We meet some friends in the Rock Band lounge where quartets of players perform on stage with instruments/game controllers and play classic songs in karaoke style, with buttons instead of frets. Some of the performers are excellent, tapping out the correct rhythms on their controllers with blinding speed and summoning up the right chords, really looking like they’re rocking out up there. Some are really bad, including a vocalist who sounds like a cat being boiled. In both cases the performers are applauded and cheered on with equal enthusiasm by the crowd. Signups for playing close before my friends and I can get a spot; we were going to play ‘Here Comes Your Man’ by the Pixies (with me on vocals!). Maybe tomorrow.
On Day Two, I arrive earlier, and things have leveled out considerably. My spouse has taken the day off to work on an important presentation, but I have buddies to cruise with. This time, we’re prepared: our plans of attack are coordinated, our panels of choice staked out well in advance. The benefits are immediate, and I have the luck to see Gabe and Tycho for the first time. One tall and gangling, with a slight lisp, the other short, bald and verbose. The fact that they once could never have imagined themselves bantering before thousands of laughing and applauding devotees only makes their grace and aplomb more impressive. I laugh so hard at times that it hurt.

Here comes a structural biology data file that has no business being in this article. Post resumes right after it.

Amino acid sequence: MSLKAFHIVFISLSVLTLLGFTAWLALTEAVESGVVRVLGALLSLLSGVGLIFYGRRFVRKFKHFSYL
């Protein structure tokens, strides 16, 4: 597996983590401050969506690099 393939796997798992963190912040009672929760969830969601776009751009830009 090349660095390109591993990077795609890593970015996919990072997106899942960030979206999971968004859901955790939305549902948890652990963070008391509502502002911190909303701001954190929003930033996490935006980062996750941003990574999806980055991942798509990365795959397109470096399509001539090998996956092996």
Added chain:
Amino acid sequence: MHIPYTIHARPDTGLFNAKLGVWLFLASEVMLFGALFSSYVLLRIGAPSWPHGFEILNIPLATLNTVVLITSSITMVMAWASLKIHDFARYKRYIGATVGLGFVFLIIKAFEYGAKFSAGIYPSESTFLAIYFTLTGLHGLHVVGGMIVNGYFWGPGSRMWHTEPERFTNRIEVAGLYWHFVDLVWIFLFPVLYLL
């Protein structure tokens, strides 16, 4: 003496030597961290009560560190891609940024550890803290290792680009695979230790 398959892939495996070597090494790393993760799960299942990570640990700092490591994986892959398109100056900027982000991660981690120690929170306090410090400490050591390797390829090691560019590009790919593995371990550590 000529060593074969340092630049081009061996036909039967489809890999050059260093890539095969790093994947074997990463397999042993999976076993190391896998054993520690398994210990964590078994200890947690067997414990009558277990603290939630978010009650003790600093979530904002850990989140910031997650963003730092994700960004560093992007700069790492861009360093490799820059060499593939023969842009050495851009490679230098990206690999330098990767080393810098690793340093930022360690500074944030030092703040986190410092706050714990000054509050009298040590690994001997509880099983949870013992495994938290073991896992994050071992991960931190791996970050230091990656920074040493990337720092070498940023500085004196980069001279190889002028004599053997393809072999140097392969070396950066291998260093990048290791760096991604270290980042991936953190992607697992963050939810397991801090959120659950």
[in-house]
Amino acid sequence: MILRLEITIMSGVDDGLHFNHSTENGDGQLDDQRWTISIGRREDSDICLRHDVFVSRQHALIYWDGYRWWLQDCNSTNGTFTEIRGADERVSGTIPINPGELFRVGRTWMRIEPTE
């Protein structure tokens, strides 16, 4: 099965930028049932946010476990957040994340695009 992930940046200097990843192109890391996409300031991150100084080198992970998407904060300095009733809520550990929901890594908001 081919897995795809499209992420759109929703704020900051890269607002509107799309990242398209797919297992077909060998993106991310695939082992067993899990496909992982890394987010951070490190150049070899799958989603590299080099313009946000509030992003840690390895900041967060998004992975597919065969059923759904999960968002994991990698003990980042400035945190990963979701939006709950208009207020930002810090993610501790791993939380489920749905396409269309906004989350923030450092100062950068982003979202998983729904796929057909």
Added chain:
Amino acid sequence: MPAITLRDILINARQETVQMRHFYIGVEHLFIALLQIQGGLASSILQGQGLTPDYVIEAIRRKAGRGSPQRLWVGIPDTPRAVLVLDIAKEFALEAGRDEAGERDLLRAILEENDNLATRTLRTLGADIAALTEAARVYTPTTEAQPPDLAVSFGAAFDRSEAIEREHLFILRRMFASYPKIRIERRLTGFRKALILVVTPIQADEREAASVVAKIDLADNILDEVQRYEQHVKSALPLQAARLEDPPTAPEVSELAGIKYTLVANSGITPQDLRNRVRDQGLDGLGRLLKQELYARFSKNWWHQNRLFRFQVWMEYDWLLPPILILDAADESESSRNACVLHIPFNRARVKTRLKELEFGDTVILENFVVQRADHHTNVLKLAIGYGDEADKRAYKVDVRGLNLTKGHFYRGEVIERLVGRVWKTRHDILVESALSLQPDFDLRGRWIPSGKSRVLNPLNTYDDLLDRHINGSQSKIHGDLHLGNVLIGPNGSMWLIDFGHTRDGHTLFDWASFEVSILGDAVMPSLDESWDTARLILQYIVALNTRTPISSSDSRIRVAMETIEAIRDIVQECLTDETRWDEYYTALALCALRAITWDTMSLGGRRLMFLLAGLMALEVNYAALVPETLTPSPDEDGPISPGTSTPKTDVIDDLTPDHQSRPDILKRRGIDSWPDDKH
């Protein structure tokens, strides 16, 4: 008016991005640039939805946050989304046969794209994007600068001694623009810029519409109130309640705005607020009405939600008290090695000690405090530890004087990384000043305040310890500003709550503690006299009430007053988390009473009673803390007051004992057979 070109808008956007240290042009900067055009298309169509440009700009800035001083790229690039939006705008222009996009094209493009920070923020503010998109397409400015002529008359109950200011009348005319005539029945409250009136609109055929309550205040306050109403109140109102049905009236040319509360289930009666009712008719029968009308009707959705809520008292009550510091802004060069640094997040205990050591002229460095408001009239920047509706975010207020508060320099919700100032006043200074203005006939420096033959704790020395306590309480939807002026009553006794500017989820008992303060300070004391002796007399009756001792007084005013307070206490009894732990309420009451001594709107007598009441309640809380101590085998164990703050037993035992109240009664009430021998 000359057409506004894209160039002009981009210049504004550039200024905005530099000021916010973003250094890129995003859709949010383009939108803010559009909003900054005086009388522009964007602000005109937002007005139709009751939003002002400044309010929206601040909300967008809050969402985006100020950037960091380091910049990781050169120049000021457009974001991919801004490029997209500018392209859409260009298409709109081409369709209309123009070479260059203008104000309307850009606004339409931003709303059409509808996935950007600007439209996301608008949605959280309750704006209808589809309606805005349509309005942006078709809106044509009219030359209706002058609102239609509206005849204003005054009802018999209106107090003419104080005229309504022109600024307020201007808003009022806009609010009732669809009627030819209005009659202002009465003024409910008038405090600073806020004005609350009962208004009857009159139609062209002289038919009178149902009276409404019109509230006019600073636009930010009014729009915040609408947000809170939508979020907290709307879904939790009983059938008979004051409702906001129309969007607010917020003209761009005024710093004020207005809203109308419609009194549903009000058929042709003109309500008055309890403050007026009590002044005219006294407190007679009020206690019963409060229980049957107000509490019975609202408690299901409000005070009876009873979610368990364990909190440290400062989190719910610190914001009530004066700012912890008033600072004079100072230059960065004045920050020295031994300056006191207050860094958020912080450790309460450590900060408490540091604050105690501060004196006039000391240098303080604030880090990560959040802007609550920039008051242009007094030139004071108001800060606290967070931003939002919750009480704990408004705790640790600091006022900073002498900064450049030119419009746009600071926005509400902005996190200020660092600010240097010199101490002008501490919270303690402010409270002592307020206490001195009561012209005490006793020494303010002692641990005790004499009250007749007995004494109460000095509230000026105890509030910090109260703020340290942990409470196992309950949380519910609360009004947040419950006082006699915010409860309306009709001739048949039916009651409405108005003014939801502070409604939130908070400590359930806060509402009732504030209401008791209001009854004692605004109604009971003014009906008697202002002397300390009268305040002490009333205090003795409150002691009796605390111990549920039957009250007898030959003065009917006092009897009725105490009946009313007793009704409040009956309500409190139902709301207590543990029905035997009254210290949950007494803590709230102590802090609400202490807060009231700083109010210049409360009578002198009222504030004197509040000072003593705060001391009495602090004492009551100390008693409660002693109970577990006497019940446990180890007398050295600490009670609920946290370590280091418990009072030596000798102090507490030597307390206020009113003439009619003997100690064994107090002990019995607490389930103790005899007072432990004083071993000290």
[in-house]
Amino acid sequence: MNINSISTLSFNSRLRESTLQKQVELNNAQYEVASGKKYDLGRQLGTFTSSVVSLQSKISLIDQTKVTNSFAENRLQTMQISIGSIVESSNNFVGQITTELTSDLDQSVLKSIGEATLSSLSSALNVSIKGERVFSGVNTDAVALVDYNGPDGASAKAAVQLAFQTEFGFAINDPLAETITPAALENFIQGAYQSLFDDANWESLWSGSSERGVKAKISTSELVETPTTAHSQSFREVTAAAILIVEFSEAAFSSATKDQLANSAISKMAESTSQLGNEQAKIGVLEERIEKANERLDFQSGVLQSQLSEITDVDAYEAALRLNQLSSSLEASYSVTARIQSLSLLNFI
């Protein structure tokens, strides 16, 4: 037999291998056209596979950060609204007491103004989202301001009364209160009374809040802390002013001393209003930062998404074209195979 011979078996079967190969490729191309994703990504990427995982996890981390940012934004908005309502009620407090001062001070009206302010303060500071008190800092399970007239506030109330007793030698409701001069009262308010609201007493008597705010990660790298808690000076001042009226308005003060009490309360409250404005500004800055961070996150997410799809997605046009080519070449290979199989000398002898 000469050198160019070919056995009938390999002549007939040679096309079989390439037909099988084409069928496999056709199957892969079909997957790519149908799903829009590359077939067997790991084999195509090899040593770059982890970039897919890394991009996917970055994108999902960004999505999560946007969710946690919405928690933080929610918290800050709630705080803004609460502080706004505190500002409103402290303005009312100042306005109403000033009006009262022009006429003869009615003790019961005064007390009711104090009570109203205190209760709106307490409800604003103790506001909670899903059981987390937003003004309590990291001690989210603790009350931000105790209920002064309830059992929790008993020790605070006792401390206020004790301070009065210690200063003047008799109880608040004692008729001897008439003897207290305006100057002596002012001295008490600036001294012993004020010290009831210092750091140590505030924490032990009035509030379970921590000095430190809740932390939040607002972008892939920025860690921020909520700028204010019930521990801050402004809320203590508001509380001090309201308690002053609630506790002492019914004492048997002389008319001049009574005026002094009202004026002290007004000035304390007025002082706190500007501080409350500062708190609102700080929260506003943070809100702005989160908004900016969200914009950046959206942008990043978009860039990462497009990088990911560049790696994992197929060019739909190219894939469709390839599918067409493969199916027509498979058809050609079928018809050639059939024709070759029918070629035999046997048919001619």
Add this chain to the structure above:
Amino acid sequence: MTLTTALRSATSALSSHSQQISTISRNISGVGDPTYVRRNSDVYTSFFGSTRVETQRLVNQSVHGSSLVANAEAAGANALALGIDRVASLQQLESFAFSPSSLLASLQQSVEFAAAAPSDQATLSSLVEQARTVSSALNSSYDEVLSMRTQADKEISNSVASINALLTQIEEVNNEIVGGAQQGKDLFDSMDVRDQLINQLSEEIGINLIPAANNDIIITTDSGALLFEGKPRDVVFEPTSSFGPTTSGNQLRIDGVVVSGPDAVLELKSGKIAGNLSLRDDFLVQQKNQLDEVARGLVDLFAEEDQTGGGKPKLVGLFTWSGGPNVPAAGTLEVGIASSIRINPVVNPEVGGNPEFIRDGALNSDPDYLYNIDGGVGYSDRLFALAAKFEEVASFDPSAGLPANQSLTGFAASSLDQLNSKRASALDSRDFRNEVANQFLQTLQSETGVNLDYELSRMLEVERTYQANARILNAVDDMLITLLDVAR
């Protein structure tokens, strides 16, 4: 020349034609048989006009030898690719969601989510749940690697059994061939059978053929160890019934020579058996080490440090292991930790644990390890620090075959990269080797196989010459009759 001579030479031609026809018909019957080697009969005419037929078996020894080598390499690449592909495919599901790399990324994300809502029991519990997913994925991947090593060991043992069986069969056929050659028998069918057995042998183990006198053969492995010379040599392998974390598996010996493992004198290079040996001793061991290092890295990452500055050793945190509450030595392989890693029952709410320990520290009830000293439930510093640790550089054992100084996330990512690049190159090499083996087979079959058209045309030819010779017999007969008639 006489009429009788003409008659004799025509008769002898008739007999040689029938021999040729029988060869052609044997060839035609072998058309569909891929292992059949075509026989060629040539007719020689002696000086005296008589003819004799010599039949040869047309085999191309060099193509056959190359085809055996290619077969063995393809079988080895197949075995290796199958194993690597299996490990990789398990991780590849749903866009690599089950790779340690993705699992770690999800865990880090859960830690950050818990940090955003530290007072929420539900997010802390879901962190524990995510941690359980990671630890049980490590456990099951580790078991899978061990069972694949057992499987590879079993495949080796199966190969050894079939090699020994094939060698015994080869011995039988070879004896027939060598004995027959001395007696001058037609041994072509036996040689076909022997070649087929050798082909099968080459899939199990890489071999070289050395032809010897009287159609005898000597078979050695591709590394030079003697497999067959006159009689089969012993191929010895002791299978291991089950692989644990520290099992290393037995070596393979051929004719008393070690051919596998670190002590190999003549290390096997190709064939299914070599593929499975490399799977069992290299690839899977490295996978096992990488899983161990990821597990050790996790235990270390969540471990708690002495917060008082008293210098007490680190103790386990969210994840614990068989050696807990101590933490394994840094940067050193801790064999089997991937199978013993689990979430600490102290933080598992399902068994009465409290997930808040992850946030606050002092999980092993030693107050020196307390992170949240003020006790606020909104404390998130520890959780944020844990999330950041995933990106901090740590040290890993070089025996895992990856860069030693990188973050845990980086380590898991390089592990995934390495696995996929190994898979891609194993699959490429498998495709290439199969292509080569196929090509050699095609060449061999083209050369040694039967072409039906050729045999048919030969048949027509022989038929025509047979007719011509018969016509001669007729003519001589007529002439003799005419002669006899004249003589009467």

How do they remain graceful in the face of internet superstardom? Because they can barely believe that they could have become what they are: beloved leaders of an ad hoc tight-knit community. Their lives before working phones or retail, haunt them as the unrealized but most realistic alternative to the adulation they receive now with confusion, joy and humility. To use Tycho’s words, what he calls ‘the other life’ is ‘immanent’. Gabe says he still has nightmares, actual nightmares, of returning to work at Circuit City. For all that they are the founders of PAX, they understand that it’s the culture that made them, not the other way around. It is deeply egalitarian in this way; they were chosen, and they responded to this choice by allowing something that already existed, in embryo, to flourish. “PAX,” Tycho/Holkins writes, “felt like this even in its first year, before it was a ‘thing,’ its shape was already present.”